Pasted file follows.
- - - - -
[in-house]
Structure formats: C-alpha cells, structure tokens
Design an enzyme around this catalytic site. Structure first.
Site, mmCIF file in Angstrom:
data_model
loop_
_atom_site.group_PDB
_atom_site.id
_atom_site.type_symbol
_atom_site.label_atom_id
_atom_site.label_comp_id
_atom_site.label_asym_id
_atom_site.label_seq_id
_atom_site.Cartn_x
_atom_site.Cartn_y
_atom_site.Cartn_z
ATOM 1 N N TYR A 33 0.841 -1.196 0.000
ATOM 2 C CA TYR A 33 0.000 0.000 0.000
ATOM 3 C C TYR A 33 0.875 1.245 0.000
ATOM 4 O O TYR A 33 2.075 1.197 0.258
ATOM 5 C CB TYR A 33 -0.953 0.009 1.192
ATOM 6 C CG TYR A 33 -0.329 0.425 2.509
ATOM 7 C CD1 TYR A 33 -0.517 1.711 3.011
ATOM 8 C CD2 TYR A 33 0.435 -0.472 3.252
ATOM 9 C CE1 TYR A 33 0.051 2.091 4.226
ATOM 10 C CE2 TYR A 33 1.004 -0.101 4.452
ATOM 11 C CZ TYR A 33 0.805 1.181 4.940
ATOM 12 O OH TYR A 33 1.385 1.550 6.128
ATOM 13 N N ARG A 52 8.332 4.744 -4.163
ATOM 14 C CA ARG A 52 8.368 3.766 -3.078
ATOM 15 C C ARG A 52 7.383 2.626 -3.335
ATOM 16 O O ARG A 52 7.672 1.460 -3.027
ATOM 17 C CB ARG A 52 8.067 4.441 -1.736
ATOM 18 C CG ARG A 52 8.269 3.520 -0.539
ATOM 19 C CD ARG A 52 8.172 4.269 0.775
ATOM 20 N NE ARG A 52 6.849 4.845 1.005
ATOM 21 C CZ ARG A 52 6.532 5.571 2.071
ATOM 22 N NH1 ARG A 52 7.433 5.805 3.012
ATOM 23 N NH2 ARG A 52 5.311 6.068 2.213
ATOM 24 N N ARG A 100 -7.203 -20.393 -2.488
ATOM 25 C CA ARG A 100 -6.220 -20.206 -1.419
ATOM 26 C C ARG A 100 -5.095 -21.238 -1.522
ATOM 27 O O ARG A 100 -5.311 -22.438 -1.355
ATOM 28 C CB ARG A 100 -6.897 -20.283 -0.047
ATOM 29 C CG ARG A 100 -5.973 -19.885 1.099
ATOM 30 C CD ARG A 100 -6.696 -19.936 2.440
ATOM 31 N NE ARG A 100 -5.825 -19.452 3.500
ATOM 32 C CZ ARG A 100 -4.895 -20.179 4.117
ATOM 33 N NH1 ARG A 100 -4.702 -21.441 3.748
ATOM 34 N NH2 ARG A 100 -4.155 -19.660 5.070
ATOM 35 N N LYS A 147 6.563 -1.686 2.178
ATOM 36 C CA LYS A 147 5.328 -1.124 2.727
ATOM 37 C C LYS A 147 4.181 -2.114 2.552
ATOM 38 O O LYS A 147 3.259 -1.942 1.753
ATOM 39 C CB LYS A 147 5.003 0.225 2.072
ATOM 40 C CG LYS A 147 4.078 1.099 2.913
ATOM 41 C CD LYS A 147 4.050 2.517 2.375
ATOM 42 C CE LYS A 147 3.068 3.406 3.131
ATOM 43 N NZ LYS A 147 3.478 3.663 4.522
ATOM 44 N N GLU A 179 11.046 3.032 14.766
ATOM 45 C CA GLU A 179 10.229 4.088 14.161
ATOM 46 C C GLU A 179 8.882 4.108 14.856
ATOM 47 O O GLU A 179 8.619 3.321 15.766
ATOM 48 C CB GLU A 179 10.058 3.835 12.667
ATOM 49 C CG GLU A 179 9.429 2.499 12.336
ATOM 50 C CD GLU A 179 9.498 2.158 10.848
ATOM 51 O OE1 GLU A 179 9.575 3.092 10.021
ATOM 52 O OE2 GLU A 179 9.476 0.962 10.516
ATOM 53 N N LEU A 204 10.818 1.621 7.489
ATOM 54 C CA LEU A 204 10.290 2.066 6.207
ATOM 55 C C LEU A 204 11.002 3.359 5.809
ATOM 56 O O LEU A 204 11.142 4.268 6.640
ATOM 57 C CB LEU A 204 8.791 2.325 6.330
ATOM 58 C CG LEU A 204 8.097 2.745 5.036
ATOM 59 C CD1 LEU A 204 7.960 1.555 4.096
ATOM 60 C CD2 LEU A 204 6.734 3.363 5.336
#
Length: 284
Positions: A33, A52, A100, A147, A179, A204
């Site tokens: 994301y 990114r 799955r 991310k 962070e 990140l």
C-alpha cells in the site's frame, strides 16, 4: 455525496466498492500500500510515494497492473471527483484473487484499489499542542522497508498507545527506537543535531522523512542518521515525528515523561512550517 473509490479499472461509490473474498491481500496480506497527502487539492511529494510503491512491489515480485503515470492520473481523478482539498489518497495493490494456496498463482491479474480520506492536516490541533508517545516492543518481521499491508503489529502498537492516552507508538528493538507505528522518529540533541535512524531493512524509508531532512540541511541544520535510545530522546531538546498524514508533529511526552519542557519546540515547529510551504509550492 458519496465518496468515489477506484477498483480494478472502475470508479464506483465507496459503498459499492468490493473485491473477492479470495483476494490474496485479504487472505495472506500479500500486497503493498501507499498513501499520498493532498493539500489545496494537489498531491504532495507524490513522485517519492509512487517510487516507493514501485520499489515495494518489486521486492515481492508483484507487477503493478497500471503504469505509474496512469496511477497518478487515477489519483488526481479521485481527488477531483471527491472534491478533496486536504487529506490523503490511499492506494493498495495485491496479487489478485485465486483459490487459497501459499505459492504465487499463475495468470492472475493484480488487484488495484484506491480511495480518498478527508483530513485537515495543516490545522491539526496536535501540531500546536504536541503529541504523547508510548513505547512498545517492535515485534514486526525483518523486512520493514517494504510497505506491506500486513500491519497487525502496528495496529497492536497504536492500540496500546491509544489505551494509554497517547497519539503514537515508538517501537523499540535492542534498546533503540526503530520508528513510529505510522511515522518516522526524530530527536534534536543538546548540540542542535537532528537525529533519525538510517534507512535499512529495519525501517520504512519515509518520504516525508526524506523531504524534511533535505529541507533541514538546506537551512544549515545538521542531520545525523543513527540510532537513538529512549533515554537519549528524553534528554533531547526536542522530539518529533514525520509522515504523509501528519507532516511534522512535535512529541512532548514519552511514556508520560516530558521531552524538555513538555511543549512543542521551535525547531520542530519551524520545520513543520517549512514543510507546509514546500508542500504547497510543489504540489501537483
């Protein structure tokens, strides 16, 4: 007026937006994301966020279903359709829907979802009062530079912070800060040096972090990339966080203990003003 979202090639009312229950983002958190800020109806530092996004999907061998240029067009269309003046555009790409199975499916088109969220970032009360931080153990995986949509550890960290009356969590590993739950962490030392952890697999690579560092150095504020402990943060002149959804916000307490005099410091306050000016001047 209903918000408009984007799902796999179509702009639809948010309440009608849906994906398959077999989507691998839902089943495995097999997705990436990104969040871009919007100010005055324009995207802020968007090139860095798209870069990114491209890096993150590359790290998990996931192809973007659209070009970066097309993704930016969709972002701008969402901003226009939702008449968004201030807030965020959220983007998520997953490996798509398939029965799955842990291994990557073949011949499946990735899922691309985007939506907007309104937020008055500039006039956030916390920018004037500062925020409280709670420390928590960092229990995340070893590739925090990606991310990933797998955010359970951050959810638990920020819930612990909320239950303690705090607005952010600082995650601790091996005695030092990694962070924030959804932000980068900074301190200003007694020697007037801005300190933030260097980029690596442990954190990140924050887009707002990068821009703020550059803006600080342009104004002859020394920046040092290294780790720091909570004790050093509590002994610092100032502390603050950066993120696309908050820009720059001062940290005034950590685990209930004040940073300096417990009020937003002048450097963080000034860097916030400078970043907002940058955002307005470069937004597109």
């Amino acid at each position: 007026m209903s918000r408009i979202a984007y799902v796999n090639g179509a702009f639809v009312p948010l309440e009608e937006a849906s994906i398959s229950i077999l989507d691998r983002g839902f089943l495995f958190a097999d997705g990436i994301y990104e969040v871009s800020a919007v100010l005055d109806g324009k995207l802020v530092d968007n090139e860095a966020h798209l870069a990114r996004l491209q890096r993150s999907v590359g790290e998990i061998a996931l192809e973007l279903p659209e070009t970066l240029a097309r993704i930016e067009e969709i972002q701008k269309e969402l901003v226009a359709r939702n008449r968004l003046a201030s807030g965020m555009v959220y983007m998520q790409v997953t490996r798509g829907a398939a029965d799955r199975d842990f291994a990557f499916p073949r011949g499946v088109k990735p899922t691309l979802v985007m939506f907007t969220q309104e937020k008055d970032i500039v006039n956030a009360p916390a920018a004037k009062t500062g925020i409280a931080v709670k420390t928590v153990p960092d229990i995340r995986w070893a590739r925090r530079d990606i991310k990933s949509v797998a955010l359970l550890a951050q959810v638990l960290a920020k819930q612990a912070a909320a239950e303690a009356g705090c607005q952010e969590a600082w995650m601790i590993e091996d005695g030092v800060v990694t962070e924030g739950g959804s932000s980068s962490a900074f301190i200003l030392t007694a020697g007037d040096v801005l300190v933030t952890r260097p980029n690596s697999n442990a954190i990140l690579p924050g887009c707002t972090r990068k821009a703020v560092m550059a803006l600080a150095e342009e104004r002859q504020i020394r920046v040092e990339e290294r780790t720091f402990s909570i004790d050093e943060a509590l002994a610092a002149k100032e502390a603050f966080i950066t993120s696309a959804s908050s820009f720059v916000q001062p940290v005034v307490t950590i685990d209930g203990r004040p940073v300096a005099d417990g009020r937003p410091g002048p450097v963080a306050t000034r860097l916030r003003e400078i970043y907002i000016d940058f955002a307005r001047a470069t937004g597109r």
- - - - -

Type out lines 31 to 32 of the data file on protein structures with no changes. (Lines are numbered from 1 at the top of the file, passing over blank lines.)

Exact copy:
ATOM 15 C C ARG A 52 7.383 2.626 -3.335
ATOM 16 O O ARG A 52 7.672 1.460 -3.027